Why are Political Parties in Decline? Essay

Why are Political Parties in Decline? Essay

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To characterise the notion of political parties, Rod Hague and Martin Harrop choose to use the definition submitted by Giovanni Sartori, which says that a political party concerns ‘any political group identified by an official label that presents elections, and is capable of placing through elections candidates for public office’ (1976, p. 63, cited in Hague and Harrop, 2010, p. 203). Andrew Heywood defines it as ‘groups of people organised to gain formal representation or win government power’, ‘united by shared political preferences and a general ideological identity’, which function is to ‘filling the political office and the wielding of government power’ (2007, pp. 272, 275 and 455). So they all agree that parties are unified, structured and ideological groups, which aim to rise to power and govern states. Also it seems that it is the way they are perceived nowadays by the general opinion, thus it is based on theses definitions that they will be considered in this essay.
Heywood reminds us that parties are quite a recent innovation; indeed they first appeared at the beginning of the nineteenth century in the United-Sates of America with the creation of the Federalist and the Democratic-Republican parties (2007, p. 273). And yet it can be observed that parties are now omnipresent, even in dictatorships where they exist as single-parties state. Heywood points out that in 1950 political parties were used to administer 80% of states in the world but that number decreased with the rise of military regimes in the developing world in the 1960s. However they increased anew with the upgrade of democracy that marked the 1980s and 1990s in Asia, Africa and Latin America, as well as former communist states (Heywood, 2007, pp. 271-272). ...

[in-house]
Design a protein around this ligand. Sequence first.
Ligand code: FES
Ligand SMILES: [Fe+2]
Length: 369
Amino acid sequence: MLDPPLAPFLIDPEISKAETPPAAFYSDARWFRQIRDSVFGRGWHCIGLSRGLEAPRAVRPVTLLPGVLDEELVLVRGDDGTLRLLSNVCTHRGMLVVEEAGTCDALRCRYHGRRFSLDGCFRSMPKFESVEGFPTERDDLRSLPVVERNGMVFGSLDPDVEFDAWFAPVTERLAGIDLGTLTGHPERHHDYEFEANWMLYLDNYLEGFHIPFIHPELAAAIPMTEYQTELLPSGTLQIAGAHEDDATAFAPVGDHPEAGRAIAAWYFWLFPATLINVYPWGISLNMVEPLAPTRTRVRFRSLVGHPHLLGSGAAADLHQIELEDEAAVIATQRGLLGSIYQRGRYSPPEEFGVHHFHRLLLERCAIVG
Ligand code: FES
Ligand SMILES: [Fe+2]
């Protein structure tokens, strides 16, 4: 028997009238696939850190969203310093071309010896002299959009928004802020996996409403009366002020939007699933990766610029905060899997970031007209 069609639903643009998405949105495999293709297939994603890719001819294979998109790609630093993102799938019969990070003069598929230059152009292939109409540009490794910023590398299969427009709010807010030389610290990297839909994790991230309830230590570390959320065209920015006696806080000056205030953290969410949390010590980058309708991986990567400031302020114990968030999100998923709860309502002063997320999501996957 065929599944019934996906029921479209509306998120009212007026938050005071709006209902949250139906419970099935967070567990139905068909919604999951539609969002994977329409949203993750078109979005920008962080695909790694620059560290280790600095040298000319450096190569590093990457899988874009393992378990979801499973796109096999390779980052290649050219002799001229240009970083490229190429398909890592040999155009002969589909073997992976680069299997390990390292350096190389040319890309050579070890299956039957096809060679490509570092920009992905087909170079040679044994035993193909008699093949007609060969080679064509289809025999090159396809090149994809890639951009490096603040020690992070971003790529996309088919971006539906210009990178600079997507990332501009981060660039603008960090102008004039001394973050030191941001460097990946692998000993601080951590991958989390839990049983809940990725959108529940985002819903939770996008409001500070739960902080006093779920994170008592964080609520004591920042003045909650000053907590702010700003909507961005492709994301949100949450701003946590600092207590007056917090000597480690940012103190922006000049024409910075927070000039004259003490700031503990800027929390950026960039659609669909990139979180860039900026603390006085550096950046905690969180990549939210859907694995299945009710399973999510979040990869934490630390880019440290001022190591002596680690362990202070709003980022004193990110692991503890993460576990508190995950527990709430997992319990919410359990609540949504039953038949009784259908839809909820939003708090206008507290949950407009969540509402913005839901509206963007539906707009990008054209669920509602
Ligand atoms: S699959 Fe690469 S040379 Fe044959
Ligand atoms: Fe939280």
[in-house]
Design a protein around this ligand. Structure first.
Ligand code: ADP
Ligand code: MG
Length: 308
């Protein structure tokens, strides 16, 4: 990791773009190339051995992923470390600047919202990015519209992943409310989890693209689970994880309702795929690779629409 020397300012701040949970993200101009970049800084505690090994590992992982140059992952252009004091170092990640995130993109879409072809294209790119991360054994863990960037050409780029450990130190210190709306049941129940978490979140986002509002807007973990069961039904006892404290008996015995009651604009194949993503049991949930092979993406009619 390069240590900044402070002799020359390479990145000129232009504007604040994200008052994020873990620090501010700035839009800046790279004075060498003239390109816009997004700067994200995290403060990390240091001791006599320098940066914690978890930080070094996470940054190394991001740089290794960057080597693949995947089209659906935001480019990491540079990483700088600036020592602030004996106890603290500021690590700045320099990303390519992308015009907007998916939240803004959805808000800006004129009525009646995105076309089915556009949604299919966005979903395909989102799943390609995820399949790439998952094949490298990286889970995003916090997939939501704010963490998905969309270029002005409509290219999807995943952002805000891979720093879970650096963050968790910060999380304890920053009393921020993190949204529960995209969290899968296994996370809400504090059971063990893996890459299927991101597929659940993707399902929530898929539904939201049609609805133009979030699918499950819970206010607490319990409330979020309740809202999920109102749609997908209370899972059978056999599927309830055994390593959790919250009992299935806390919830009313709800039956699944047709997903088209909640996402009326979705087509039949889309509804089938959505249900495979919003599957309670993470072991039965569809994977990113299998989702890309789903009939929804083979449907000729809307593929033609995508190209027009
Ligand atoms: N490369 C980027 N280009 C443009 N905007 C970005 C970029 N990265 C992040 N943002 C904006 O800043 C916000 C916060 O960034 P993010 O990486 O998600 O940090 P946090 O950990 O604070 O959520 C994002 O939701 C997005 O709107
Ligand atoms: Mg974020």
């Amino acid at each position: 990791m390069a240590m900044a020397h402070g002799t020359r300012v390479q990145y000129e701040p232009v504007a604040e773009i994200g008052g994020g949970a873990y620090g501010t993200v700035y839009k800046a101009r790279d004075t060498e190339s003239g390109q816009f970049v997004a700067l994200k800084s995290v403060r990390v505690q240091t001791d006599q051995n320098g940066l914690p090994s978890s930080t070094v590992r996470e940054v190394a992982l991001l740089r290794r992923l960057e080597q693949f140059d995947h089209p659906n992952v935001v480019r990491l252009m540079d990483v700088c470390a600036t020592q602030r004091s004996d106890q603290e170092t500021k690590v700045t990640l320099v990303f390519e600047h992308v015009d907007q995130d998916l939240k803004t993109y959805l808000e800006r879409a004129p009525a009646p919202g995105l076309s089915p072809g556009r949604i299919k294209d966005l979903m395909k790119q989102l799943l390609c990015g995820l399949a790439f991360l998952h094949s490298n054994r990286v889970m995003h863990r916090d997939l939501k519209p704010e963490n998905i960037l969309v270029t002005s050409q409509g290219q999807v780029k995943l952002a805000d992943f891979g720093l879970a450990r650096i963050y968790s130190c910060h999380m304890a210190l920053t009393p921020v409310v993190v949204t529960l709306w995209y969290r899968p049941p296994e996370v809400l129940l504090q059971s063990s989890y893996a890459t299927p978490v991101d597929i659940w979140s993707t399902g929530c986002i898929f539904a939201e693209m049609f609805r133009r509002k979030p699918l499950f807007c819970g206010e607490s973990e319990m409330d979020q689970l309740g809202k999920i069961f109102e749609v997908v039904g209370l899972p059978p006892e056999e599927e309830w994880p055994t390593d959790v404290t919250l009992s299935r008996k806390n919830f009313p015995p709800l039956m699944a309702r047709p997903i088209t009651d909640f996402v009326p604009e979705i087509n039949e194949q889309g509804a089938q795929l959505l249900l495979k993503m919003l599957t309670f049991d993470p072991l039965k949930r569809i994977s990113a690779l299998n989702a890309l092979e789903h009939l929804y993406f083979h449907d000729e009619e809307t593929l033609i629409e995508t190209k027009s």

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...e: Palgrave MacMillan.
• Heywood, A. (2007), Politics. 3rd edn. Basingstoke: Palgrave MacMillan.
• Stoker, G. (2006), Why Politics Matters: Making Democracy work. Basingstoke: Palgrave MacMillan.
• Stoker, G. (2006), ‘Explaining Political Disenchantment: Finding Pathways to Democratic Renewal’, The Political Quarterly, 77 (2), April-June 2006 [Online]. Available at: http://onlinelibrary.wiley.com/doi/10.1111/j.1467-923X.2006.00761.x/abstract;jsessionid=9098426F8D11C447FFF8A9A485132C3A.f04t02?deniedAccessCustomisedMessage=&userIsAuthenticated=false (Accessed: 27th February 2014)
• Whiteley, F. P. (2010), ‘Is the party over? The decline of party activism and membership across the democratic world’, Political Parties, 17 (1), pp. 21-44, Sage Journals January 2011 [Online]. Available at: http://ppq.sagepub.com/content/17/1/21.full.pdf+html (Accessed: 27th February 2014)

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